This isn't exactly true. Microsoft CHOSE not to export IE for Mac OS
X. This was done partly because Apple has their own browser, Safari, and
partly because of the rise in popularity of Firefox, Opera, Camino, and
others. The last version of IE for Mac was running quite well on Mac OS
X, but it was also the equivalent of at least one version behind Windows
IE, IIRC. Safari is generally well-regarded, as are the others listed
above. And, with MS pushing IE's "integration" into the Windows OS,
there wasn't really a desire on their part to continue work on something
without much tangible return. IE for Windows gets stuck into the Windows
OS in such a way that it's VERY difficult to fully disentangle it from
the OS and to fully use another browser instead. I've heard of many
times where someone THINKS they've disabled IE as a default browser, but
then something happens that launches IE instead of something else. As
always, YMMV greatly from this.

Samuel I. Beard, Jr.
Technical Writer
OI Analytical
979 690-1711 Ext. 222
sbeard at

-----Original Message-----
[ at] On Behalf
Of quills at
Sent: Thursday, March 01, 2007 9:49 PM
To: Paul Findon; Frame Users; Free Framers List; Steve Rickaby
Subject: Re: Frame's future @ Mac/UNIX

Considering that Microsoft couldn't seem to port Internet Explorer to 
OS X, it must be insurmountable.


At 5:12 PM +0000 3/1/07, Paul Findon wrote:
>Steve Rickaby wrote:
>>  >"Although MacOS X has UNIX underpinnings, the difficult
>>>stuff relating to user interfaces, font access, output,
>>>etc. is all exclusive to MacOS X"
>>>In other words, the difficult stuff has all been dealt with for 
>>>GoLive, Illustrator, InDesign, etc. etc. So Adobe employs people 
>>>who know how to get a document to print on a Mac, even under the 
>>>formidably taxing OSX. It just chose not to put them to work on 
>>>FM, because there was little demand for its previous, non-OSX,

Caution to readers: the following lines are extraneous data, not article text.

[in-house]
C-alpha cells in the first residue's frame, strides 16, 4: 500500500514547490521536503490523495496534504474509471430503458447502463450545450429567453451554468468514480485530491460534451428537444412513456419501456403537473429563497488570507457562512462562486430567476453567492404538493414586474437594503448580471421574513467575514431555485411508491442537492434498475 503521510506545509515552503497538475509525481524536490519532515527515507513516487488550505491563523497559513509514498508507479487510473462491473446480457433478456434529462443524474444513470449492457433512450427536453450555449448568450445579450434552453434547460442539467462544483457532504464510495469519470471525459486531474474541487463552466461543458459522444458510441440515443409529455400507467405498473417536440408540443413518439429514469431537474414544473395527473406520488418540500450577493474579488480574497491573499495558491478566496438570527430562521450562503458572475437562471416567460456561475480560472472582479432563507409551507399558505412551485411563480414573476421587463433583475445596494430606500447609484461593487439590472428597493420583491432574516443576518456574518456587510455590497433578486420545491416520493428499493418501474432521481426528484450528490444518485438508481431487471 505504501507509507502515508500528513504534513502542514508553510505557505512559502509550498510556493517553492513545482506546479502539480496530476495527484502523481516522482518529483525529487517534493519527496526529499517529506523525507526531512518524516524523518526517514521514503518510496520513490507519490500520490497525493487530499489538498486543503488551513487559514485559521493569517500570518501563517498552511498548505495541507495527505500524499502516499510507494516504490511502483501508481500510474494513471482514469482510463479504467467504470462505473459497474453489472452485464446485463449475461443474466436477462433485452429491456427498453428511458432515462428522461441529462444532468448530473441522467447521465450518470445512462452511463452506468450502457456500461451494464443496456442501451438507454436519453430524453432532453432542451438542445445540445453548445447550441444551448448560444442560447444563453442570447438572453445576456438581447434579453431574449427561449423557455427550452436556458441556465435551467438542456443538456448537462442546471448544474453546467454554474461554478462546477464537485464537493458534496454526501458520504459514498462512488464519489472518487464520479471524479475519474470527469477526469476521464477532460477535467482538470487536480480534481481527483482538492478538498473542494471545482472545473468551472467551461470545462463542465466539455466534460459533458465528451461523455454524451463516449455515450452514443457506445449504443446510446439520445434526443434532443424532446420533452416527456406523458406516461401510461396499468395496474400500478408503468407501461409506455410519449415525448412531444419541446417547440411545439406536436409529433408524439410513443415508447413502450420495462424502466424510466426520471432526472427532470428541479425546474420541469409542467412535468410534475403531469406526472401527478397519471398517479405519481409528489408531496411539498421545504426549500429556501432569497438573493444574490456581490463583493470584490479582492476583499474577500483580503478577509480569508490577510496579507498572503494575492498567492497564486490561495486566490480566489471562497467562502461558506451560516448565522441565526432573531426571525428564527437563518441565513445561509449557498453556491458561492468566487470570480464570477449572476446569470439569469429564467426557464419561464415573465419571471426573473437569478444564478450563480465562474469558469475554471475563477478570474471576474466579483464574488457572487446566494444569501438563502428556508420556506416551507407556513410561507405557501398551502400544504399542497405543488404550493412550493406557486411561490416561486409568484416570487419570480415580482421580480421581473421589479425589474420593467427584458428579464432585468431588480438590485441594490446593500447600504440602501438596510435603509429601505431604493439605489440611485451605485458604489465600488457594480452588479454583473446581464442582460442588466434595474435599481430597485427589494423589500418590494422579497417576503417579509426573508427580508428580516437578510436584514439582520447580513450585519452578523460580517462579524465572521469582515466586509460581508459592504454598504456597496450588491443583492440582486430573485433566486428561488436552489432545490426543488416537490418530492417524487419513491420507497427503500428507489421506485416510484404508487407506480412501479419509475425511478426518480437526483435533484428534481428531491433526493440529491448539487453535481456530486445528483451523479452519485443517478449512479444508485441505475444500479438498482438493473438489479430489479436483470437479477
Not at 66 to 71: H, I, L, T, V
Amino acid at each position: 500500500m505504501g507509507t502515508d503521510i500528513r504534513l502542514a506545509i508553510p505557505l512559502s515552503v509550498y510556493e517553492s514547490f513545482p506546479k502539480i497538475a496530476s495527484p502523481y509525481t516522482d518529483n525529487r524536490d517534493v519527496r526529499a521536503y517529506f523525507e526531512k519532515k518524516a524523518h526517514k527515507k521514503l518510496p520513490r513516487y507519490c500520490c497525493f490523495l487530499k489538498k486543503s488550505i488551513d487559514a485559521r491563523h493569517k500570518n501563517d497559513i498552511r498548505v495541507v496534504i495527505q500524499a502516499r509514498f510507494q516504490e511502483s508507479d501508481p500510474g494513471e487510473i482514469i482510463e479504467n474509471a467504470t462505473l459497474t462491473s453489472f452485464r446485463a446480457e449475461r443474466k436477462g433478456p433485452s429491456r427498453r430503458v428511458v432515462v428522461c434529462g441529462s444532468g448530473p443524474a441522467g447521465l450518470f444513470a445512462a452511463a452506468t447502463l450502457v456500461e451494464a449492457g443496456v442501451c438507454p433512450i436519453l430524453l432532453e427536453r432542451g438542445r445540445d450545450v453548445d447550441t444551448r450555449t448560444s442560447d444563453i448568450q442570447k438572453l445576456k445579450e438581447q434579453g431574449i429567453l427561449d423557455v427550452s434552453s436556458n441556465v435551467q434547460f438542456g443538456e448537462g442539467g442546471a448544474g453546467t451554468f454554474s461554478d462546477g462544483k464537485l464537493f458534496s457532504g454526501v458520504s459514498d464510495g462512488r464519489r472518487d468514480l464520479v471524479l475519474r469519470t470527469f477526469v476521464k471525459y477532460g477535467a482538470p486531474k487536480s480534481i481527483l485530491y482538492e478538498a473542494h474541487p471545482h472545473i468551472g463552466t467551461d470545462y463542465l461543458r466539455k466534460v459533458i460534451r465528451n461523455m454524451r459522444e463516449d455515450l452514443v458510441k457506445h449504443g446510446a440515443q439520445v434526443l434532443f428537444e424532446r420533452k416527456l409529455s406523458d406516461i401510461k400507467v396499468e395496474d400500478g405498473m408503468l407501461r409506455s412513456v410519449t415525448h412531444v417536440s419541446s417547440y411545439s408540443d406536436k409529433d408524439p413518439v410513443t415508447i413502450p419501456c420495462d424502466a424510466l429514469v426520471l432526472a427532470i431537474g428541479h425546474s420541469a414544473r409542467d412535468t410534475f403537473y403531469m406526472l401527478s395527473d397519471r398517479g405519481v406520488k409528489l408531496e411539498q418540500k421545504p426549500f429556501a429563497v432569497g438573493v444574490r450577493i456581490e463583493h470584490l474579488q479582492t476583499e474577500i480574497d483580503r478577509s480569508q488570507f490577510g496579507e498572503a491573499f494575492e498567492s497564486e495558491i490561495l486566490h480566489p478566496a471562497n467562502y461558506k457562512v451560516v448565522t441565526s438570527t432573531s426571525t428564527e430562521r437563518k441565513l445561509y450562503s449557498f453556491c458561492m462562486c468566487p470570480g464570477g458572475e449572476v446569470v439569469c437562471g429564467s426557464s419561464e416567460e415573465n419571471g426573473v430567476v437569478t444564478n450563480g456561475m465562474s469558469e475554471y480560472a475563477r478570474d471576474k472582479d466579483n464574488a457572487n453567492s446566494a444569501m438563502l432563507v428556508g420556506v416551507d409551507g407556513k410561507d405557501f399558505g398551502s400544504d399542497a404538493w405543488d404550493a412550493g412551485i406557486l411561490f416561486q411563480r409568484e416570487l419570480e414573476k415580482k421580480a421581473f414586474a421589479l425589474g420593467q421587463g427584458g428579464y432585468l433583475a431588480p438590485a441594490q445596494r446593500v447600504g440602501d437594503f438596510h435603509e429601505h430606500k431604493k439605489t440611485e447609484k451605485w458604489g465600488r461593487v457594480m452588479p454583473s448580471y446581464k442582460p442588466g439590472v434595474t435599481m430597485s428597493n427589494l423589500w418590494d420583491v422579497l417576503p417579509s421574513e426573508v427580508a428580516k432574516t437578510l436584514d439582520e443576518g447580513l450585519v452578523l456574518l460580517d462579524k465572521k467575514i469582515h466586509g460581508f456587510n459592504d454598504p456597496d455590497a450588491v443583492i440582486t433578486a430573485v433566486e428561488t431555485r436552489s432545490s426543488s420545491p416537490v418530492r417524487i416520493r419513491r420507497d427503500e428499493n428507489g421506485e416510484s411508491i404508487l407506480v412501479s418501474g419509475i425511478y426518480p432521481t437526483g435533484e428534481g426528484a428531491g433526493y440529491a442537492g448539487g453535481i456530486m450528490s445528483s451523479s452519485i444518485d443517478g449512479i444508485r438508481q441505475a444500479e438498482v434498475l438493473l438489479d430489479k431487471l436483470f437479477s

>>>new-feature-thin FM upgrades. Terrific.
>>There may be other factors at work here. To create universal 
>>binaries that will work on OS X across MacIntel and PowerPC 
>>platforms, Adobe has to migrate their code base to XCode, the Apple 
>>development system. That process is, as I understand it, well under 
>>way for the CS 2 applications.
>>However, FrameMaker has a much older code base, so the effort to 
>>migrate it to XCode would be proportionately greater. For all I 
>>know, some parts of FrameMaker might be coded in Assembler for 
>>speed. If this is the case, moving such code to a multi-platform 
>>production base such as XCode would be all the more complex, and 
>>might involve a major re-coding effort. All this ups cost and 
>>reduces margins.
>Who's side are you on, Steve ;-)
>In the early '90s, I made many a manual with Adobe FrameMaker 3.0 
>for NeXTSTEP.
>Hang on. Aren't NeXTSTEP and Mac OS X both built on BSD?
>Hang on. Aren't NeXTSTEP and Mac OS X both built on the Mach kernel?
>Hang on. Aren't NeXTSTEP and Mac OS X both object-orientated
>Hang on. Don't NeXTSTEP and Mac OS X both support Objective-C?
>Hang on. NeXTSTEP used Display PostScript, Mac OS X uses PDF. Isn't 
>PDF based on PostScript?
>Hang on. Don't NeXTSTEP and Mac OS X both support Type 1 fonts?
>Hang on. Weren't NeXTSTEP app developers some of the first to port 
>their apps to Mac OS X?
>How difficult could it be?


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